After he has completed his first animation, we make lunch together. On a bitter winter day like today, we must consume something warm and comforting. Tomato soup and grilled cheese, it is! Big Brother has shown a lot of interest in making food for himself so I let him assist with the lunch prep. While Baby Girl naps the two of us enjoy lunch together as we discuss what went well with his recently created animation and what he’d like to do differently next time. We also make a plan for the remainder of the day as well as plans for the week ahead. Even though he has half a year ahead of him before he turns seven, we still have conversations about what sort of things there are to look forward to in getting older. I can tell he feels empowered by his ability and interest in making food for himself. Along with that, I have been trying to introduce new ways he can help out around the house. So after lunch is complete, he practices loading the dishwasher and wiping down the counters. Having these moments of preparing food and cleaning up, not to mention our chats about life are so precious to me. As homeschoolers, I feel so fortunate to watch him grow and blossom right before my eyes as he takes on new challenges every day.
After lunch, Big Brother decides to dive into writing an All About Me book from a create your own book kit he received for his birthday nearly 2 years ago (better late than never)! We sat down and counted out the blank pages in the book and began making a list of the facts he wanted to write about himself from his birthdate to his favorite toys. I love his fearlessness in writing. He will make mistakes and do the best he can to spell words and not feel held back by an unknown spelling. After writing a few pages, he decides to move on to reading his Star Wars phonics books. He has a set of ten Star Wars books that are slightly too hard for him to read on his own, but these days he has almost unlimited patience for sitting down and painstakingly sounding out words. Today he wants to read just one more book in the set so he can start working on the workbook that came along with the books. The fact that my little dude actually loves worksheets is comical to me. When I first decided to homeschool, one of the many, many reasons was to get away from the mindless and time-wasting worksheets used in classrooms. But I have discovered, quite by accident, that when it comes from his own motivation, he loves it (like a Star Wars word search from the digraphs -sh and -th used in his books). The other day he was setting up a January calendar on Starfall and then decided to print out the calendar when he was done. He was over the moon to discover that the printout came with three or four questions about the calendar to answer. He couldn’t wait to write down his answers. But instead of a teacher shoving a random worksheet in his face, he is driven to fill in the blanks and circling words in a word search because they stem from an activity that he has chosen on his own. From writing the book about himself to reading the Star Wars books, all of this was self guided and chosen by him. The only role I played was strewing these materials in his path and helping him sound out a word if he asked for help. Isn’t it amazing how naturally curious and genuinely driven kids are to learn? I love it.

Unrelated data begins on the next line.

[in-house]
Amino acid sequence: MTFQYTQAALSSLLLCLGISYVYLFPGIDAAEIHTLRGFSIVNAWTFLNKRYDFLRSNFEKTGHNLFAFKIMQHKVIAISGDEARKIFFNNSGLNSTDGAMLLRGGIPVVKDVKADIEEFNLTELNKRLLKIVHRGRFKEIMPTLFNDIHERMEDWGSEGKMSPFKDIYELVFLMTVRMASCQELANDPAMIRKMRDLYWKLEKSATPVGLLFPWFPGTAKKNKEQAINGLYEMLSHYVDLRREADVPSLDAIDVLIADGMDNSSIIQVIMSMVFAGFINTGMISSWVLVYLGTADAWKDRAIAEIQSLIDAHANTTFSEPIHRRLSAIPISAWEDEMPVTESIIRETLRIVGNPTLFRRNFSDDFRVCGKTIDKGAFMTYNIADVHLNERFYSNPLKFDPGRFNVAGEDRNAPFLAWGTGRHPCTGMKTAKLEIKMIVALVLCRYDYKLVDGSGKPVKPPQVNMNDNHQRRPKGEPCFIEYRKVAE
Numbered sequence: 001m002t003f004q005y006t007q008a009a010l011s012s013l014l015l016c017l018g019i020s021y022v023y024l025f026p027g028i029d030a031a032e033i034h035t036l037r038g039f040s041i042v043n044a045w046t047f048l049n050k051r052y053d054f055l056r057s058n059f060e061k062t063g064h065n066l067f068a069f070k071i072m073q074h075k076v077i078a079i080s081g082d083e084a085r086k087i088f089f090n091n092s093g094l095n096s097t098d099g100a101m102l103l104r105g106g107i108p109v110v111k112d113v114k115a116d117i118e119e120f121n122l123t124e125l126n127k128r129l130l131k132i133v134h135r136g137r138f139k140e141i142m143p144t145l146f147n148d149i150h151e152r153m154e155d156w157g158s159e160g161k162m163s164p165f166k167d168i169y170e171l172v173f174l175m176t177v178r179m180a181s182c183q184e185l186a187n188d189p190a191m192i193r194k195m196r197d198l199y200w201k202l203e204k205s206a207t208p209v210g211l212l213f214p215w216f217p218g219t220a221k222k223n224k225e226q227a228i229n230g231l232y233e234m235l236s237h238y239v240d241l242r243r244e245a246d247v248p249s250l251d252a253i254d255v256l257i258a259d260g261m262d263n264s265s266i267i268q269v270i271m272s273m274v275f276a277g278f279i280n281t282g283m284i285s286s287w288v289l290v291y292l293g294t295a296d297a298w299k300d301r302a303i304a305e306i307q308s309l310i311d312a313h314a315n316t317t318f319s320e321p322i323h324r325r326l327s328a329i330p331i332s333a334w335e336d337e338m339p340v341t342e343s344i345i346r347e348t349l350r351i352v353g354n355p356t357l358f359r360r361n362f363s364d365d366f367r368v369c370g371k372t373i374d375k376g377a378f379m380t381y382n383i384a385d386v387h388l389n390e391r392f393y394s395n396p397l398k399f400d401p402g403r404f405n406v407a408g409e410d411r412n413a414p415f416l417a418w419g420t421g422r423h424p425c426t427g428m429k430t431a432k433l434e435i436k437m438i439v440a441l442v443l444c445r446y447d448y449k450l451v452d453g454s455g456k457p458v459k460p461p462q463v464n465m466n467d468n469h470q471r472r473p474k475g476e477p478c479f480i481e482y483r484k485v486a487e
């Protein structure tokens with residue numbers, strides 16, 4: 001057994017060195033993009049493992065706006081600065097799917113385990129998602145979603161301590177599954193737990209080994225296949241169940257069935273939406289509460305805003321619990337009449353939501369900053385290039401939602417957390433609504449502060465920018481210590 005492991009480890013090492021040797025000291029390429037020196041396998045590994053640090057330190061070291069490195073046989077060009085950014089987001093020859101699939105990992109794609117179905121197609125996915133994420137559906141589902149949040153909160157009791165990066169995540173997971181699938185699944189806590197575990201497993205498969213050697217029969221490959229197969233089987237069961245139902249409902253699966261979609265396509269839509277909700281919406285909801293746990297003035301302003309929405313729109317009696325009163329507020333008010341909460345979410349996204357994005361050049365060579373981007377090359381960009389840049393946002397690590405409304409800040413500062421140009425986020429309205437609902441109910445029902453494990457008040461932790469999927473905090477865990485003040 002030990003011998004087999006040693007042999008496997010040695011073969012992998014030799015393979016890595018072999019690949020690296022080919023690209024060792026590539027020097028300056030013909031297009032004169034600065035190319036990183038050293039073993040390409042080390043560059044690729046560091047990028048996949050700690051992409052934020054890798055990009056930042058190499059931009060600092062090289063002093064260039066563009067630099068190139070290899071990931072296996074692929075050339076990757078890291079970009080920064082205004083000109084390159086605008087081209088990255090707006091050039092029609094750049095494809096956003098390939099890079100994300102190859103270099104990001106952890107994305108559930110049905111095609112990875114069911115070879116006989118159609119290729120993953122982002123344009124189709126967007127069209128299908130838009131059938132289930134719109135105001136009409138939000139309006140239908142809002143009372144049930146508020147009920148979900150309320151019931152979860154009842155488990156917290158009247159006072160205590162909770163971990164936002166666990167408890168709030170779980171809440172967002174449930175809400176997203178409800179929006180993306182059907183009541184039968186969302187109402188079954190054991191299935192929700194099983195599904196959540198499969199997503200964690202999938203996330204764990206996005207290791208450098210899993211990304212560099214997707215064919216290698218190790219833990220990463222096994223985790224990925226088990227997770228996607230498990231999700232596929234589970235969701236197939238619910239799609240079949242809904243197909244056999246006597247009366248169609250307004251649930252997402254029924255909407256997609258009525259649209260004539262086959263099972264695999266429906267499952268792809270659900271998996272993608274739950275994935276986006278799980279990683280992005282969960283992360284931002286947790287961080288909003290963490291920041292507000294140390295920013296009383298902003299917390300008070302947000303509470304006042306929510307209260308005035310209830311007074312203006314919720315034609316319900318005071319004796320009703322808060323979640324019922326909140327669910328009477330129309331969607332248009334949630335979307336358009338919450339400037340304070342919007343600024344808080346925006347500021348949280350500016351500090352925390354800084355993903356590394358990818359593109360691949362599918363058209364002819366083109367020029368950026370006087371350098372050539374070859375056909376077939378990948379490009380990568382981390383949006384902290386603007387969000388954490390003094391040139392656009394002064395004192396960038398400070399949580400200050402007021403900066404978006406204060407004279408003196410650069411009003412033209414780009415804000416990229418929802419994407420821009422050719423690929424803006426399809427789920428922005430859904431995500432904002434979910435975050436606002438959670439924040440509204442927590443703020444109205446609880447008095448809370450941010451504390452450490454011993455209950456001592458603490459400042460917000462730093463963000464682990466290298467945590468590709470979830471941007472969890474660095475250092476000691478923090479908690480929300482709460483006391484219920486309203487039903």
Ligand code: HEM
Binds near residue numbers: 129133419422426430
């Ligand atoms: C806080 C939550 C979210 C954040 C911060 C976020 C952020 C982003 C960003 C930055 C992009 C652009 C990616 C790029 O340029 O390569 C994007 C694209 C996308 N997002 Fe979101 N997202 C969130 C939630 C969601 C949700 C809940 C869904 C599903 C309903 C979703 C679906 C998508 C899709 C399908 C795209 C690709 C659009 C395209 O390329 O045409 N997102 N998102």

Finally, my husband comes home and the boys are off to a drumming class where they’ll dance, sing, and practice keeping the beat. It’s not every day that we spend our whole day working at home as we did today. Some days we’re out doing so much we are barely home, but I try to maintain our schedule such that open days like today can provide the opportunity to dig deep into the projects my kids most want to do. This constantly changing and variety filled schedule is one of the aspects of this lifestyle I love the most. For instance, this same day last week we were off on a field trip exploring the Natural History museums with fellow homeschoolers. There really is not a typical day on this adventure. It’s ever-changing and quite an exciting ride!